Janusz Rybakowski: The Faces of Manic-Depressive Illness
Donald F.Klein’s comments
Some time ago, I agreed with Tom Ban to review (comment) on the book by Janusz Rybakowski: The Faces of Manic-Depressive Illness.
After reading this slim volume I uncharacteristically found myself procrastinating and could not figure out why.
My first reading acquainted me with Prof. Rybakowski’s impressive career and contributions. Unfortunately for Anglophones he has published almost exclusively in Polish.
Prof. Rybakowski made my job much easier by posting a detailed outline of his book in the INHN Book Section, followed by a well-balanced Author’s Statement. I am taking the liberty of quoting it completely:
“INFORMATION ON CONTENTS: Chapter 1 presents a fascinating illness, the symptoms of which are the manifestation of very basic as well as unusually sublime aspect of existence and human experience. Chapter 2 describes ancient and modern history of the illness, from Hippocrates and Areteus of Cappadocia up to the contemporary classification of Emil Kraepelin and a separation from recurrent depression by Jules Angst and Carlo Perris. Chapter 3 characterizes mania when nothing is impossible and Chapter 4 describes depression when life has no sense. Chapter 5 presents mania and depression in various configurations and Chapter 5 defines what is the risk of becoming ill. Chapter 7 describes what is going on in the brain during the illness, Chapter 8 presents the past and present of the illness genetics and Chapter 9 shows the illness from the evolutionary perspective. Chapter 10 raises an issue of a connection between bipolar disorder and creativity. Lithium remains the most specific drug for the illness what is discussed in chapter 11. Chapter 12 further elaborates the management of the illness with special focus on mood-stabilizing drugs, mentioning also psychotherapeutic approaches. In Chapter 13, an attempt is made for using the illness as a metaphor of the American society. Finally, Chapter 14 put forward the research and treatment perspectives.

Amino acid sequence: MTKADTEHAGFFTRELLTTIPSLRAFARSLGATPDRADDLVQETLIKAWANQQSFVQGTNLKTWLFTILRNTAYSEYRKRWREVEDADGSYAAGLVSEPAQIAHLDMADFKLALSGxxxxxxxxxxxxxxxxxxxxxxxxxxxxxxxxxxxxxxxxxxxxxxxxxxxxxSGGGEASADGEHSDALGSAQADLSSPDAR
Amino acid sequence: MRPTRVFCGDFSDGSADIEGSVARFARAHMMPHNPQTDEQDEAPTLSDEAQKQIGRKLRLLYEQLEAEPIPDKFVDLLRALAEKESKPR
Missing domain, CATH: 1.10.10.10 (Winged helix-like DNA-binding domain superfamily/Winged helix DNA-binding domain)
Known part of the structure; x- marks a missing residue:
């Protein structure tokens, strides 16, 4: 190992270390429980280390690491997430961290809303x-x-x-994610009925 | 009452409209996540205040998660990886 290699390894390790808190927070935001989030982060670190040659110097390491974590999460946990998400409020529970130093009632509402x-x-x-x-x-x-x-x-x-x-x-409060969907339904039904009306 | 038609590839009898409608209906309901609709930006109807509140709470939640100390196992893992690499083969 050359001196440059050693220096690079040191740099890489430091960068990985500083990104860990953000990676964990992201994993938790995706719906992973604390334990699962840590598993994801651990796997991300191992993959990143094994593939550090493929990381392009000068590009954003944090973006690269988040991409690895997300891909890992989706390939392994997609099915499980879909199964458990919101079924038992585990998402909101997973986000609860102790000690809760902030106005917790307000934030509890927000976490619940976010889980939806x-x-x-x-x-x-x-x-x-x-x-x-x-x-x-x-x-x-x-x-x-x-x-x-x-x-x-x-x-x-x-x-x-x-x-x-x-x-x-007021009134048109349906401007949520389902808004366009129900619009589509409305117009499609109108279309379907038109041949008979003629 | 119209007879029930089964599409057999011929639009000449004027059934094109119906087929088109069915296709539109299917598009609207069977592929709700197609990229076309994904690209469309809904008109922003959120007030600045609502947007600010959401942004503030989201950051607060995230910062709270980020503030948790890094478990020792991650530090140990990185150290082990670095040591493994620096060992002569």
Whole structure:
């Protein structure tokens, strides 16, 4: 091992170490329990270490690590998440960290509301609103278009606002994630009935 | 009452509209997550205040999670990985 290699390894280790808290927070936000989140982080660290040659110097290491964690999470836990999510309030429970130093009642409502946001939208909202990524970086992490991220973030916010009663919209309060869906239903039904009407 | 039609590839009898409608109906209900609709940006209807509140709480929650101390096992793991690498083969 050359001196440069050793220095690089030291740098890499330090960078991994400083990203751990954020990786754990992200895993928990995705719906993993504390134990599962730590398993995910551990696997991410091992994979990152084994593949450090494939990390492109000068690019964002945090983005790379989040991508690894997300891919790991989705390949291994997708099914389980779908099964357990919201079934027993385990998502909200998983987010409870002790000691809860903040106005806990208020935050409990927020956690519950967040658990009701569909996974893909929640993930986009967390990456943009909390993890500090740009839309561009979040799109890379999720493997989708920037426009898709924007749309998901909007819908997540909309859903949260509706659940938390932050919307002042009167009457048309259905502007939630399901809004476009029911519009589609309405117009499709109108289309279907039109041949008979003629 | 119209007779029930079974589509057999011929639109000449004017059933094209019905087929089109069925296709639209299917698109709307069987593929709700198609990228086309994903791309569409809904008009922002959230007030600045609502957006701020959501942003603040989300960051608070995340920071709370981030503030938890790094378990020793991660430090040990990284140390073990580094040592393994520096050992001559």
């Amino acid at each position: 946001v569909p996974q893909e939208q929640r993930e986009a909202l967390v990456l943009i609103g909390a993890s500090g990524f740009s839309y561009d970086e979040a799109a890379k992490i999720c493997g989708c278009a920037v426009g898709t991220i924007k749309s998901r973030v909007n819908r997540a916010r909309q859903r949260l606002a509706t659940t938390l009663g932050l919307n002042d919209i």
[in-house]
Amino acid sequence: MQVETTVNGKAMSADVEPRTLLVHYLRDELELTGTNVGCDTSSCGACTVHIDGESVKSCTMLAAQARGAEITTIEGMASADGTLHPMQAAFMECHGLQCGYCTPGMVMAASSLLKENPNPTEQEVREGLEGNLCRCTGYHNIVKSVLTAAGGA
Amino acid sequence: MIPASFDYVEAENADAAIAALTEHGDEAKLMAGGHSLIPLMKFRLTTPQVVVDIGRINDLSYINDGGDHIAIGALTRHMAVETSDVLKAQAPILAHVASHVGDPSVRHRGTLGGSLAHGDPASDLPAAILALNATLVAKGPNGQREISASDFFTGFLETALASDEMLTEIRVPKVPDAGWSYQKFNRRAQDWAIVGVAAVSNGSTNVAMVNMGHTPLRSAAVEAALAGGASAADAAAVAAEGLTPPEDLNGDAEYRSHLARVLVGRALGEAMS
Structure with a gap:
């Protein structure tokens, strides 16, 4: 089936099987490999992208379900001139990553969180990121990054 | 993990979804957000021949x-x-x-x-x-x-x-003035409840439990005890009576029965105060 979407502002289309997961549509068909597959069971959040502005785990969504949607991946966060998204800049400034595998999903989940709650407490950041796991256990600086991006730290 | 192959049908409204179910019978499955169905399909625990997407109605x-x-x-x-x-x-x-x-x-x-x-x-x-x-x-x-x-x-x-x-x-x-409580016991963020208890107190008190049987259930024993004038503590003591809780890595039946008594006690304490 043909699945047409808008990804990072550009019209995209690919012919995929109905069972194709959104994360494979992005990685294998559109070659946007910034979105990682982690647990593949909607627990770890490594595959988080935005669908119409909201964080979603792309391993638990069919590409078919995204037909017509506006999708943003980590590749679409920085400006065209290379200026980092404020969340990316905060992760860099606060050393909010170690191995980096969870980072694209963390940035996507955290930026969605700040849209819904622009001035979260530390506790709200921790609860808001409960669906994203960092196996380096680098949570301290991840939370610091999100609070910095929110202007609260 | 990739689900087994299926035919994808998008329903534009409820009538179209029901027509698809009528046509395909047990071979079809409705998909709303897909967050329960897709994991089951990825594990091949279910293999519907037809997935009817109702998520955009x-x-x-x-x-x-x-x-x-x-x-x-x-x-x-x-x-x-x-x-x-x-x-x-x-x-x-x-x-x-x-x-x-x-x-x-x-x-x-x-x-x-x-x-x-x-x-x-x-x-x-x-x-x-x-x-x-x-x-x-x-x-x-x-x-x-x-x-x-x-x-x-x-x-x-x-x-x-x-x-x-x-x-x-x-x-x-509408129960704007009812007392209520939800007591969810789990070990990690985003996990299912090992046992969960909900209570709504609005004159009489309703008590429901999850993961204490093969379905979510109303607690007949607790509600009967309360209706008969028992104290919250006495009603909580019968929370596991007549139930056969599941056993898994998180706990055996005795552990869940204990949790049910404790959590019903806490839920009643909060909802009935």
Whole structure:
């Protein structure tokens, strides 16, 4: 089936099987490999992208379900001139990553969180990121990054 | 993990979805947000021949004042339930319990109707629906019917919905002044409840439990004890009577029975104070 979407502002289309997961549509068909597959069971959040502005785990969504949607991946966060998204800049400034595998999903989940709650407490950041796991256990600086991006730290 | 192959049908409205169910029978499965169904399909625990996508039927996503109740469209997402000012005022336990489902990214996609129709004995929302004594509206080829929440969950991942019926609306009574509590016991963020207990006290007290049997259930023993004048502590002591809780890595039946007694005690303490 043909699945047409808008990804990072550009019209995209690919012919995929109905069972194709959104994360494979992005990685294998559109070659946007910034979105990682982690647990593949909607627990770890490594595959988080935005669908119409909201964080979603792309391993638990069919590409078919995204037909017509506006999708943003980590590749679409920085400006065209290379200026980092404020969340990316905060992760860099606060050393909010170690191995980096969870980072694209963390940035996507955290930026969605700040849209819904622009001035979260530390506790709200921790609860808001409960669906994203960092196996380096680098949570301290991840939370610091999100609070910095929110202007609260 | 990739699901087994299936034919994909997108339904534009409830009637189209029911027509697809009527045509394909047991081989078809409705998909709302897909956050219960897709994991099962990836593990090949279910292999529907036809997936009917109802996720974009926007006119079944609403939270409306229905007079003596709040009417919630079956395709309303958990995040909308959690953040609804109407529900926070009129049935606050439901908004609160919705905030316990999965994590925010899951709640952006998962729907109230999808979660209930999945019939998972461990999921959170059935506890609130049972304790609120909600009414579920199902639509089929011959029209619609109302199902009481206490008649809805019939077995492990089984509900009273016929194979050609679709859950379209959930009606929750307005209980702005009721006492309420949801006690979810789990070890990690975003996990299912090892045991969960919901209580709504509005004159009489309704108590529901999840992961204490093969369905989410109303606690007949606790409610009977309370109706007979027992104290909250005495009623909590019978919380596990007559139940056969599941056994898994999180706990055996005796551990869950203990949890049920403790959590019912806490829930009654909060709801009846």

“AUTHOR’S STATEMENT: The book was based on my 40 years’ experience with mood disorders and lithium treatment. My interest in bipolar illness extends from epidemiology and clinics, to neurobiology, genetics and psychopharmacological treatment. I was in charge of two epidemiological Polish projects: DEP-BI and TRES-DEP. In the first, which included 880 patients with depression remaining in ambulatory treatment by Polish psychiatrists, we demonstrated that in more than 60% of them, some kind of bipolar disorder can be diagnosed. In the second, covering 1,051 patients with diagnosed unipolar depression, in one third of them the features of bipolarity were found, as assessed by the Hypomania Checklist (HCL-32). Furthermore, patients with bipolar features were more resistant to treatment with antidepressant drugs than the remaining ones. My enterprise with lithium started in 1971 and has been going on until now. I am the author of more than 100 papers on different aspects of lithium treatment. Recently, we have reported on five patients being the excellent lithium responders, receiving the drug for 40 years or more. In 2012, I received the Lifetime Achievement Award from the European Bipolar Forum and in 2015 – the Lifetime Achievement Award of the World Federation of Biological Psychiatry.” (October 12, 2017)
On reflection, one problem with this book is that Prof. Rybakowski does not go into far greater detail regarding his lithium expertise. My wish to know more about his experiencecomes from my enthusiasm for this medication combined with the recognition that many American psychiatrists have never used it except as a last resort. A lengthy,clinically-rich description of its use would be very welcome. It is also not clear if Polish psychiatry has replaced lithium with anticonvulsants (which have their place).
There are two chapters with which I had clear problems: Chapter 7 is about what is going wrong with the brain during bipolar illness. Although you would not know it from this book, Prof. Rybakowski’s extensive bibliography has brain biochemistry and its disorder a central concern. Chapter 13 attempts to use manic-depressive illness as a metaphor for American society. I thought that glib.
Probably none of INHN’s readership will ever read this book which, mysteriously, Amazon sells for $471 and refers to it as a 2009 volume. However, Amazon lists several other recently translated books at far more reasonable prices by Prof. Rybakowski
January 10, 2019